Dr Pinky Pargal
Almost all of us have grown hearing to and agreeing to the famous quotes: “The cheerful mind perseveres, and the strong mind hews its way through a thousand difficulties.” – Swami Vivekananda
“When wealth is lost, nothing is lost; when health is lost, something is lost; when character is lost, all is lost.” Billy Graham
But somehow, things do not seem to be in line with these quotes at this moment. The world is witnessing a pandemic that has posed a threat to human life and changed the economic, social, and political dimensions. India has also been greatly affected by the Covid pandemic. All the institutions including our health institutions, educational institutions, and business institutions have adapted /still adapting to the new norm of the day. We can see the sudden upsurge of telemedicine, online shopping, and most importantly online education. When Swami Vivekananda said “cheerful mind” or when Billy Graham said “when health is lost something is lost” they were pointing towards holistic health which includes not only the obvious physical factors, but mental, emotional, social, and even spiritual factors as well. Now let’s come to online education. One of the most oft-used terms in the pandemic is the term “new normal.” The new normal in education is the increased use of online learning tools.
The COVID-19 pandemic has triggered new ways of learning. All around the world, educational institutions are looking toward online learning platforms to continue with the process of educating students. Online learning is now applicable not just to learn academics but also to learning extracurricular activities for students. In recent months, the demand for online learning has risen significantly, and it will continue doing so in the future because of efficiency, accessibility of time and place, affordability, improved student attendance, suits a variety of learning styles. Being constantly online is a new reality, but the truth is that using a computer or a tablet all the time can cause poor vision, strain injuries, and other physical problems.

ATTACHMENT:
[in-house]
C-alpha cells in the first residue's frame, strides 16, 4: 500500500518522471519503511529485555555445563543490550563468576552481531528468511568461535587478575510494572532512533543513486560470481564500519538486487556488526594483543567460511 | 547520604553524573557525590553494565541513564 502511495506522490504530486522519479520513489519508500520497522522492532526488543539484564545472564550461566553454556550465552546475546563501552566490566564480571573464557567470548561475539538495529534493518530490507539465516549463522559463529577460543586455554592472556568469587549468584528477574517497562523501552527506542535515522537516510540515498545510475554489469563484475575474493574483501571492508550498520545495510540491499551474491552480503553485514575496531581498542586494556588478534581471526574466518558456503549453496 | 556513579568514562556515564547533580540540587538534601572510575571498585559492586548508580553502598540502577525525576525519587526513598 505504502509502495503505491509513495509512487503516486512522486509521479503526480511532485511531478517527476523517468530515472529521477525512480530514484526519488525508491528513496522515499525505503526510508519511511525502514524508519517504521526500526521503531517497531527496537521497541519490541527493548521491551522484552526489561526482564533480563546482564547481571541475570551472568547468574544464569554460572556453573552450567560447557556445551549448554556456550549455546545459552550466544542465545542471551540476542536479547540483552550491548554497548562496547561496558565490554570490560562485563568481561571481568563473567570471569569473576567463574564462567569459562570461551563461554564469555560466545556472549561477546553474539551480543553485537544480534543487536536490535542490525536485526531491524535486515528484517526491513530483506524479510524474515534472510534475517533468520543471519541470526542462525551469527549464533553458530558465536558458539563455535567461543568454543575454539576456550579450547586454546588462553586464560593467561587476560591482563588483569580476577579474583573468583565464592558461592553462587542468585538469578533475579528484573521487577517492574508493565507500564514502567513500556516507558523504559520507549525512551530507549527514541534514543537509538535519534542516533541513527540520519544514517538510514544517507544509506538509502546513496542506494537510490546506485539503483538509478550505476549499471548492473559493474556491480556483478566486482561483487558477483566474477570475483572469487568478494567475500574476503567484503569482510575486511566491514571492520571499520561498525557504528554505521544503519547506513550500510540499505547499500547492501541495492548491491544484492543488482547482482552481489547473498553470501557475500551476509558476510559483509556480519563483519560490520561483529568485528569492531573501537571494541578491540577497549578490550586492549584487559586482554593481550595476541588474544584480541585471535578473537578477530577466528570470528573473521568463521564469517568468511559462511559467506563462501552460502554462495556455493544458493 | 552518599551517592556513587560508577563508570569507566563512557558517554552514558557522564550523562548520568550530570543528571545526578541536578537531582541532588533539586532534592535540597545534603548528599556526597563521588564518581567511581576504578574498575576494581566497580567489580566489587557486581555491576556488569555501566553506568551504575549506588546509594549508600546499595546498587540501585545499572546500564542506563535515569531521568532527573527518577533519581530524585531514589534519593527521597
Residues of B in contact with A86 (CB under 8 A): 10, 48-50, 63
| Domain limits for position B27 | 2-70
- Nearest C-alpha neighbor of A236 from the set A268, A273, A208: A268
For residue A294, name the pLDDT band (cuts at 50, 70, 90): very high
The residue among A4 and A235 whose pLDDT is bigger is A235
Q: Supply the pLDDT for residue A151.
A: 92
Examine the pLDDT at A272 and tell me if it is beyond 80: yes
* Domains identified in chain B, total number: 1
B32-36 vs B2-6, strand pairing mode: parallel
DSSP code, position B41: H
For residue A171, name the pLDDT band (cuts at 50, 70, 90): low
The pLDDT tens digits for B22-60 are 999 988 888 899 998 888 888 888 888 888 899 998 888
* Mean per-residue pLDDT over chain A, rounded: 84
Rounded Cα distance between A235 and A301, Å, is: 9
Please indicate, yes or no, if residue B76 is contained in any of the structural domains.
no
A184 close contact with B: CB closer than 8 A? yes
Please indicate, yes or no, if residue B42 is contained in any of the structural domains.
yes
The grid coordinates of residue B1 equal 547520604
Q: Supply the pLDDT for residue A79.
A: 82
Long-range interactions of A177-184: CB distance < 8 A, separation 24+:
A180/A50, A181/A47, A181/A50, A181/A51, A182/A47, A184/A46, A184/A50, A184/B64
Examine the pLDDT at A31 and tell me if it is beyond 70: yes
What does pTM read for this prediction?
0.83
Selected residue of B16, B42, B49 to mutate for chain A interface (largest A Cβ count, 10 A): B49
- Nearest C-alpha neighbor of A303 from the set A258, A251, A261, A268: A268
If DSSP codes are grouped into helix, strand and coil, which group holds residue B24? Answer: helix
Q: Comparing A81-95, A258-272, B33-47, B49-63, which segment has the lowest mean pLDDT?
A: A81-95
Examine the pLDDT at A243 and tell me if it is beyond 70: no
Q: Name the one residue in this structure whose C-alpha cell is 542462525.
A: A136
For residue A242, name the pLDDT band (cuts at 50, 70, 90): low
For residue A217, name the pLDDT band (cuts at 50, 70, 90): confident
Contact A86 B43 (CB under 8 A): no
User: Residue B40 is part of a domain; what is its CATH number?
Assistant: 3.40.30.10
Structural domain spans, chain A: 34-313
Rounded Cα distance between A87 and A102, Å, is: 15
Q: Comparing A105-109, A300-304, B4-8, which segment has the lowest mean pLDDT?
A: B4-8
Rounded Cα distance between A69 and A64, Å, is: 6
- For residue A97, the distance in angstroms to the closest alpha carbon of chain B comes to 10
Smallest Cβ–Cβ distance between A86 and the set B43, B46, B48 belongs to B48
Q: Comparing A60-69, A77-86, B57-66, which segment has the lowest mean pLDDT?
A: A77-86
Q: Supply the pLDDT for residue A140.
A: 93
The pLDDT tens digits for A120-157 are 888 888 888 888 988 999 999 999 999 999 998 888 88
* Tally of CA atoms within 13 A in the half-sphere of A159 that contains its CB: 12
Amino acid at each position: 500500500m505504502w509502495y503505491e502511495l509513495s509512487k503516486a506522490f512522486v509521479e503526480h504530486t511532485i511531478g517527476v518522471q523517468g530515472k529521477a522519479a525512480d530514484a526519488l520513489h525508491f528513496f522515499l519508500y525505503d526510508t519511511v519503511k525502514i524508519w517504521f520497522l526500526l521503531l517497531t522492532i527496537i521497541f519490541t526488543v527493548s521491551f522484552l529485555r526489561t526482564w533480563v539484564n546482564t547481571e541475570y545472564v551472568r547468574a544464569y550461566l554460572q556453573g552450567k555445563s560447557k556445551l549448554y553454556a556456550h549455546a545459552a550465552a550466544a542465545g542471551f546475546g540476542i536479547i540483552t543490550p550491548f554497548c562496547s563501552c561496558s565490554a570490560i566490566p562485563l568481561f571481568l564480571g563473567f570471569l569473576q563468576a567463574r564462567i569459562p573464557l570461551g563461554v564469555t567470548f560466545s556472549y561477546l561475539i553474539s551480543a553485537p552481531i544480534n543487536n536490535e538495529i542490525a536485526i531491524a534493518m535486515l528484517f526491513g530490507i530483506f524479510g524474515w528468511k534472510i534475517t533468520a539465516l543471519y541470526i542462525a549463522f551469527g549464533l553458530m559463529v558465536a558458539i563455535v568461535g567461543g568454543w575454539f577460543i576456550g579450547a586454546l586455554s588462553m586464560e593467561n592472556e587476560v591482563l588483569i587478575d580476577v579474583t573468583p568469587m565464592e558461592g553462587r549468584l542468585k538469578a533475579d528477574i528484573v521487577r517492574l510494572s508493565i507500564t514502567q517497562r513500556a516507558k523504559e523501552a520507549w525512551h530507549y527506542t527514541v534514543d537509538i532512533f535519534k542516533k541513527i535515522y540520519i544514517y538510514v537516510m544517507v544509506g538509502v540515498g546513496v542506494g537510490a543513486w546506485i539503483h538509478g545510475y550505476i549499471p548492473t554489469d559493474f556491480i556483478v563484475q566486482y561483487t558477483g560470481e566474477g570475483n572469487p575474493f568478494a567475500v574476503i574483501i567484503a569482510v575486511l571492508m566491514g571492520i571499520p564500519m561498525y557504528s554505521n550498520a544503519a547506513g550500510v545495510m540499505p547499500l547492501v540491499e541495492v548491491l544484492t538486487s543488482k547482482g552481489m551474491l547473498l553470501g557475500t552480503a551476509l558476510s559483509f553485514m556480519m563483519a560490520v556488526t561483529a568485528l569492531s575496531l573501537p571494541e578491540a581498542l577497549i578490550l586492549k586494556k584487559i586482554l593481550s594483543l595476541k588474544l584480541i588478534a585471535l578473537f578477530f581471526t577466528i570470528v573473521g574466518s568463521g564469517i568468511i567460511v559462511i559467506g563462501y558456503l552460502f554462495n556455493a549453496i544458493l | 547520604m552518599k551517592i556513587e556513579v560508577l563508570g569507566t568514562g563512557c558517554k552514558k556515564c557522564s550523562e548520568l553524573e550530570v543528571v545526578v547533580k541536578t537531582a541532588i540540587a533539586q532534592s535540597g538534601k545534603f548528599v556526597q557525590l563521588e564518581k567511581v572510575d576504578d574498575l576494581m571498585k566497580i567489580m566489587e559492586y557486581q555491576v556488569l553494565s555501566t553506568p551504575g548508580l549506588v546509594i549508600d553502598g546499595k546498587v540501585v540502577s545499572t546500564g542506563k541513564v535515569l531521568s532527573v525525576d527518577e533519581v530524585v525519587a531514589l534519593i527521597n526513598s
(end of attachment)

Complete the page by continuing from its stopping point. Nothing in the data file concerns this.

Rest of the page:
Suggestions to curb major health issues due to online education : Headaches – Headaches are becoming quite common in kids these days. This is mainly due to the fatigue /discomfort due to excess use of gadgets. Try to adjust the brightness to an optimum level. Neck, Shoulder, and Back Pain – Spending long hours at a desk typing or holding a phone and looking down, places strain on the neck, shoulders, and back which can cause severe musculoskeletal issues. Guide your kids to take regular breaks and do some stretching exercises in between.
Reduced Physical Activity Levels – A sedentary lifestyle is a natural offshoot of increased time spent in the digital world, directly linked to an increased risk of obesity and other physical health problems. Encourage your kids to play outdoor /indoor sports or do some gardening. Asking them to set their almirah daily can be of great help!